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Shanghai Tang Looks West

NEW YORK -- Shanghai Tang hopes the third time is a charm.<P>The purveyor of Chinese designs, which is reinventing itself once again to have more mainstream appeal, recently unveiled its fall collection with a new infusion of Western influences and...

NEW YORK — Shanghai Tang hopes the third time is a charm.

This story first appeared in the June 4, 2002 issue of WWD.  Subscribe Today.

The purveyor of Chinese designs, which is reinventing itself once again to have more mainstream appeal, recently unveiled its fall collection with a new infusion of Western influences and luxury fabrics. The company was acquired last year by Compagnie Financiere Richemont AG, which brought in Raphael le Masne de Chermont as executive chairman. The former managing director of the Asia Pacific division for the Richemont brands Piaget, Baume & Mercier and Panerai, de Chermont hired a new team of designers and has been working on refocusing the label.

“Shanghai Tang’s mission is to be the modern filter of Chinese culture in all lifestyle aspects,” said de Chermont.

So while the company is keeping traditional Chinese silhouettes and details like the cheongsam, Mao jackets, mandarin collars and knot closures, they are incorporating Western touches such as men’s suiting, leather piping and triple-ply cashmere.

“We needed to produce products that are more relevant to a global crowd of fashionistas,” said de Chermont.

While seeking to keep an authentic Chinese flair, the designs are modernized with slim, low-waisted pants, flared sleeves and deep slits along with elaborate, fine embroidery and cropped jackets.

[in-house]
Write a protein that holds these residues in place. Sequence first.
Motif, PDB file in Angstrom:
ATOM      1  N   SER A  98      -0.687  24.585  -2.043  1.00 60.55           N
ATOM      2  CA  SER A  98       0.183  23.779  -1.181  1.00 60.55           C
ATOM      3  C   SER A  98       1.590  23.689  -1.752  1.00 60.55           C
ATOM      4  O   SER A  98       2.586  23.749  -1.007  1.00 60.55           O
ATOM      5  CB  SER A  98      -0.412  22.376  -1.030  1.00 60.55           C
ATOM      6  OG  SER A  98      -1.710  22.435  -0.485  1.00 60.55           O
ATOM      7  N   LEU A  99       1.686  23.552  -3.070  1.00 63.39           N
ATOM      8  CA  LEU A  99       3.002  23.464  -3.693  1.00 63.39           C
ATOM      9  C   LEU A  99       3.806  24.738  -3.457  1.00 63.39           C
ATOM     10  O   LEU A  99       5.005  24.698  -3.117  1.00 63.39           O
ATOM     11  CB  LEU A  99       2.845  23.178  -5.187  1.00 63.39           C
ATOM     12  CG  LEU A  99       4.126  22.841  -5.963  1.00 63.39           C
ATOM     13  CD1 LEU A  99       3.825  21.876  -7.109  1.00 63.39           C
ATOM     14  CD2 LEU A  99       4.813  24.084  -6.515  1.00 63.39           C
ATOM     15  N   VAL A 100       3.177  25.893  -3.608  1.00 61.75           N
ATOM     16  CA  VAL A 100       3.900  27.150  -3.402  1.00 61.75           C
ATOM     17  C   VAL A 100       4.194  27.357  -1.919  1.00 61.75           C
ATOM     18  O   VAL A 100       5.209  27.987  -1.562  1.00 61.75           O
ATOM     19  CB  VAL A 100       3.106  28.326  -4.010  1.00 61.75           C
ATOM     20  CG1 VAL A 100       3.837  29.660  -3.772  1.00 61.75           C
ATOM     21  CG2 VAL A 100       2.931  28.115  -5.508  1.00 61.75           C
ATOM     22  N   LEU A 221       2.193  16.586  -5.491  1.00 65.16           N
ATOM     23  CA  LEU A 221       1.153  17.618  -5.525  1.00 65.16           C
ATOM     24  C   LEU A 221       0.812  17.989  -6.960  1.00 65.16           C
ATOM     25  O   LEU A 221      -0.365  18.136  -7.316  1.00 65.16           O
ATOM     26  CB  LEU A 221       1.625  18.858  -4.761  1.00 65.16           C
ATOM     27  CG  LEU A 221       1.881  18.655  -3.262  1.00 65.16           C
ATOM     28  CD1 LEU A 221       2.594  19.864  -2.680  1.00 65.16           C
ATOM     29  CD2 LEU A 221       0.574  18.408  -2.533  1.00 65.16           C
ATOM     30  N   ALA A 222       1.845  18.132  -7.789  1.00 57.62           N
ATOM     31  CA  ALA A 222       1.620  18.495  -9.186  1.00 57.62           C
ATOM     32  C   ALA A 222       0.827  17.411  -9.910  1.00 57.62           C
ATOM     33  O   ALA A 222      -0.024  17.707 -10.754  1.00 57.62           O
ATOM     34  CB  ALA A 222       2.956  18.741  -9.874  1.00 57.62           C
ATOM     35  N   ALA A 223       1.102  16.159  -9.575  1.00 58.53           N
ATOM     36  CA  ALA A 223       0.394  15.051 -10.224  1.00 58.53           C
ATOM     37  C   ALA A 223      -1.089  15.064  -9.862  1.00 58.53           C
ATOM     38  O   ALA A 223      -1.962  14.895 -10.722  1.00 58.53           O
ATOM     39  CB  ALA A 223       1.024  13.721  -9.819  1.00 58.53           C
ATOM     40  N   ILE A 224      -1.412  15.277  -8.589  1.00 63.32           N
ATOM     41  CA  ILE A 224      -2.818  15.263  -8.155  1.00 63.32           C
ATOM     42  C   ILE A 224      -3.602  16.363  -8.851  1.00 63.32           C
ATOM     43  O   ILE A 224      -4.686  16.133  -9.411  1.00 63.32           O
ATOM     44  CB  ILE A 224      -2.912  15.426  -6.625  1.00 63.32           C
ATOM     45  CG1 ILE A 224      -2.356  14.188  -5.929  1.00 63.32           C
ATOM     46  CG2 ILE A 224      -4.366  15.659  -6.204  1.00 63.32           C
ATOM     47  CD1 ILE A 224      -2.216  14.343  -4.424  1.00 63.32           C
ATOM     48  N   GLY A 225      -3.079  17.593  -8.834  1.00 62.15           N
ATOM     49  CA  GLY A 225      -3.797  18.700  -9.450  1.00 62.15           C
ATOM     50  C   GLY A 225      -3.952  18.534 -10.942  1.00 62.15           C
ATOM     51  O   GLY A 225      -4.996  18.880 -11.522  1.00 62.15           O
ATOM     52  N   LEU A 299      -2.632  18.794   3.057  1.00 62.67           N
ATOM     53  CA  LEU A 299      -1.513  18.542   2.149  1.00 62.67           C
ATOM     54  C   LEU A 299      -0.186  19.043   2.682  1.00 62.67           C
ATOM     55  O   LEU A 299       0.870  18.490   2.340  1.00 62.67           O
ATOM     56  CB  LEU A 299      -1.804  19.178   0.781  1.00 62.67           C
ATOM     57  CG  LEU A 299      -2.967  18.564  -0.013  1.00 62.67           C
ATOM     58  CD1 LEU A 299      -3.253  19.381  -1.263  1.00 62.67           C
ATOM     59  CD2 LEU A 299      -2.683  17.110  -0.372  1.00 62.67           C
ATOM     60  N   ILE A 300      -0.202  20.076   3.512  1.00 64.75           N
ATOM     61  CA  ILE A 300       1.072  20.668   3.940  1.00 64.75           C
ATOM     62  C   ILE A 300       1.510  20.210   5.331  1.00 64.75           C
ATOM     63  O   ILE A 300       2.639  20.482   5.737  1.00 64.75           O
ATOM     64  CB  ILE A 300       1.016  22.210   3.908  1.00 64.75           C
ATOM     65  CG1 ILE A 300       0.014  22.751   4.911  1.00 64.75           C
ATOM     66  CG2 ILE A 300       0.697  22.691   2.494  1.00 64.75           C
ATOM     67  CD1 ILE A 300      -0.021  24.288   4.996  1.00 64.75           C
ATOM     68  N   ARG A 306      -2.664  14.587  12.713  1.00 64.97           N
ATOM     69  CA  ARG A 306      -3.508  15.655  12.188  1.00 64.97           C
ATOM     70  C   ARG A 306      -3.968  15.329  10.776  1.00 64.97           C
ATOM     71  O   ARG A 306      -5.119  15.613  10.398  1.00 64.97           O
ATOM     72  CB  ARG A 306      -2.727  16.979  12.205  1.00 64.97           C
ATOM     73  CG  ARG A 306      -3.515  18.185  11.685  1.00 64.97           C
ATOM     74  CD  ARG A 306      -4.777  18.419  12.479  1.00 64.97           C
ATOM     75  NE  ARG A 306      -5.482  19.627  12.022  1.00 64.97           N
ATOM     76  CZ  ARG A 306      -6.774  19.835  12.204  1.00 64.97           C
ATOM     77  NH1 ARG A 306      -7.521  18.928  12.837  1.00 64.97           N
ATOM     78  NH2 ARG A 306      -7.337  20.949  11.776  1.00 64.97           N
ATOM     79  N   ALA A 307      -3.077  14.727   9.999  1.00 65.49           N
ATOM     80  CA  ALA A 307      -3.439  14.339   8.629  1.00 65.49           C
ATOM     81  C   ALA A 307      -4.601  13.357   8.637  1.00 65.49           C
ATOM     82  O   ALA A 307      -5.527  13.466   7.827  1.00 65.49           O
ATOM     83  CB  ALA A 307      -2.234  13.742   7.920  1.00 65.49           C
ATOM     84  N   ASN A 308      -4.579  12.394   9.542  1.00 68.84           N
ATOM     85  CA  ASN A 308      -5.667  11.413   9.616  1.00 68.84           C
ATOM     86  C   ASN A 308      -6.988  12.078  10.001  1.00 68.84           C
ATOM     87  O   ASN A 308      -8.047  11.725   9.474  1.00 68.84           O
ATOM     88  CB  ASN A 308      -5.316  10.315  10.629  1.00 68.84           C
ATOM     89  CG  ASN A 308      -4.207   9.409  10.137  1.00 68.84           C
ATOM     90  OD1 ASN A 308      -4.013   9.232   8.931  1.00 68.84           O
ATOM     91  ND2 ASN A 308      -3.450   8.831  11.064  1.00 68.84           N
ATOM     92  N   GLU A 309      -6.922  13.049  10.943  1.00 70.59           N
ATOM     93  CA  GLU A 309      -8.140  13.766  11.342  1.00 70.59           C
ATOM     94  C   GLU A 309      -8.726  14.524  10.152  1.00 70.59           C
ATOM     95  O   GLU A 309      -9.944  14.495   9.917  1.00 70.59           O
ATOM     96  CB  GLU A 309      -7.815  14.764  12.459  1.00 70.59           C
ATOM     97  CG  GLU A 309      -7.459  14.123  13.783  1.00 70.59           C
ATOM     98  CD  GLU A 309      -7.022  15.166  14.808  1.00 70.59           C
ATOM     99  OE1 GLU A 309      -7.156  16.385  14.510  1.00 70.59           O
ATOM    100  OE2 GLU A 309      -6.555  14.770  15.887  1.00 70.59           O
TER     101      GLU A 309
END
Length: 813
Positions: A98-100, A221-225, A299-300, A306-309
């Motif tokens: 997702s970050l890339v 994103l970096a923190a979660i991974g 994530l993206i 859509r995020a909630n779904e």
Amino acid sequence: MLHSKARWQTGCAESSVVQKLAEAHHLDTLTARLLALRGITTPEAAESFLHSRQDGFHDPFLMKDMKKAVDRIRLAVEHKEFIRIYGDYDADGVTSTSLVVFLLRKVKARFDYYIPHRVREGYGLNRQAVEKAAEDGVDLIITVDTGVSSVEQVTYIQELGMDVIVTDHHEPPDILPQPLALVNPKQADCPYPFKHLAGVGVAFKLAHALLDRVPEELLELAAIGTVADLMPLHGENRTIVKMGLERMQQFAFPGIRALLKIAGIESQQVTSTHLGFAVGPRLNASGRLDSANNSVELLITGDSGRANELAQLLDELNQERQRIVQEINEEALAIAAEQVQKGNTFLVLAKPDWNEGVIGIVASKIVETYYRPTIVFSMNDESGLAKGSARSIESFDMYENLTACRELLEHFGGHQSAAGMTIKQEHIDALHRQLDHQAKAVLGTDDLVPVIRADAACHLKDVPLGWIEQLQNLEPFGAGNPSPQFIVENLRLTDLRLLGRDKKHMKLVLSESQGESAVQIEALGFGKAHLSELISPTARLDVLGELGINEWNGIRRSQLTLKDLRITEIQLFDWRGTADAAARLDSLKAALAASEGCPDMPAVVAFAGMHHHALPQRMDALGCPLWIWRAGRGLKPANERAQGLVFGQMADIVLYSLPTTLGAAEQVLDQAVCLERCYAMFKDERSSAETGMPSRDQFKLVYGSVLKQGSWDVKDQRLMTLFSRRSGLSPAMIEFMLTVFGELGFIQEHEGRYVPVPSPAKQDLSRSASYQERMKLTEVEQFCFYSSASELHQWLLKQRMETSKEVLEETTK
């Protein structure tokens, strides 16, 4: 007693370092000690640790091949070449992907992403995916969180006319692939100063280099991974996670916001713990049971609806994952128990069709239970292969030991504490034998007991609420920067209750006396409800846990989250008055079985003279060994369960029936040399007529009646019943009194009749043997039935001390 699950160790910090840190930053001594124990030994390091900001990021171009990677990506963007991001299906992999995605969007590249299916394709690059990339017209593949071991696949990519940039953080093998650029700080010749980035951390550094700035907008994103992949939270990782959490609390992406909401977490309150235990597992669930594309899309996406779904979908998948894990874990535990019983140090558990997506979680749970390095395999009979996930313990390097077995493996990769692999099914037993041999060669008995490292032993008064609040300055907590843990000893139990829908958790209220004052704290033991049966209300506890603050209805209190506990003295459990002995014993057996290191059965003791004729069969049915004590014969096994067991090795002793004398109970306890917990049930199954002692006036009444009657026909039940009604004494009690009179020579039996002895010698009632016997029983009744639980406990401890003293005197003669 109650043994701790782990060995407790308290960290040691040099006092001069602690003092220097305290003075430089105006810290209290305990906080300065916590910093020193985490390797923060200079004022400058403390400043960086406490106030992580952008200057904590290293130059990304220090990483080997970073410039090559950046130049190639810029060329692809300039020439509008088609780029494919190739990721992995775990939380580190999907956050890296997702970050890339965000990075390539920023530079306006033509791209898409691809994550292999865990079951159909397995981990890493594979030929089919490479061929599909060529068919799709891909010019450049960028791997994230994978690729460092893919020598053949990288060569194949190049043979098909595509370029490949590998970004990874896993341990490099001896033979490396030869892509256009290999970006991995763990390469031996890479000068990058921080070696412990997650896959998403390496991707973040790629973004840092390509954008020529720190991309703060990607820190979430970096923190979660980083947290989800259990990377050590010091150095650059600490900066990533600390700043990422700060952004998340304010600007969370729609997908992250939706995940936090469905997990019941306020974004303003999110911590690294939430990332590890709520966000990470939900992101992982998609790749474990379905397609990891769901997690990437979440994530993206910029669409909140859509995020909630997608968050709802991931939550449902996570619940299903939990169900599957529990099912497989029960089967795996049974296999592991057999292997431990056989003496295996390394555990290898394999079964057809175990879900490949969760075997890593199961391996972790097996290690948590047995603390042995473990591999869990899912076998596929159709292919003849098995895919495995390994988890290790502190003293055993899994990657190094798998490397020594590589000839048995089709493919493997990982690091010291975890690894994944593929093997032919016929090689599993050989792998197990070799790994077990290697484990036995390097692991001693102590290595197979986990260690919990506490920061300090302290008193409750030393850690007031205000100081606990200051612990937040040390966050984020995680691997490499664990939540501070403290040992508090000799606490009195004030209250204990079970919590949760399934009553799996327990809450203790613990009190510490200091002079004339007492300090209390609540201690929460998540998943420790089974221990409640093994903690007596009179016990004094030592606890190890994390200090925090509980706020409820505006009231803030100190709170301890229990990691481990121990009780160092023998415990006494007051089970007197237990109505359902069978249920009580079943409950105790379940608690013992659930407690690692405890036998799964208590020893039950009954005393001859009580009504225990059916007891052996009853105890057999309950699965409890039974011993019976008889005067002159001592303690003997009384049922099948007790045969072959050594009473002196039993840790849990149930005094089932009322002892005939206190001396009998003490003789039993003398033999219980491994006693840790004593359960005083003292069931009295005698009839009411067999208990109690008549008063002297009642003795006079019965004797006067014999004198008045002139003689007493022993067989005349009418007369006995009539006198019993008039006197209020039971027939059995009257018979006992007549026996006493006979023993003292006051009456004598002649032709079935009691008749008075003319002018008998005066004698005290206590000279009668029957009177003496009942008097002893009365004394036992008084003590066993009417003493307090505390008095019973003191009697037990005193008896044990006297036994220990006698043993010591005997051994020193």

Retail prices for the new collection range from $350 to $550 for fitted silk dresses with mandarin collars, $295 to $800 for jackets and $150 to $550 for sweaters.

Shanghai Tang is also refurbishing and remerchandising its store at 714 Madison Avenue in order to create a more inviting air. Along with removing an obstructive awning to increase the store’s retail presence on the avenue, they are also shifting the ground-floor merchandise from home products to accessories and women’s and men’s clothing. The 6,500-square-foot, four-story store opened in April 2000, nearly nine months after the company’s mammoth 12,000-square-foot store closed.

The company also is planning to wholesale its products in specialty stores by early next year, according to de Chermont, and is in talks with several department stores. A New York trunk show is in the works in six month’s time at the Madison Avenue store.

While the early response to the line has been favorable, it is too early to tell whether the new direction can revive the brand.

“We’ve shifted the look so that now Shanghai Tang has gone from utterly Chinese to subtly Chinese,” said de Chermont. “Anybody can wear it and it’s not costumey.””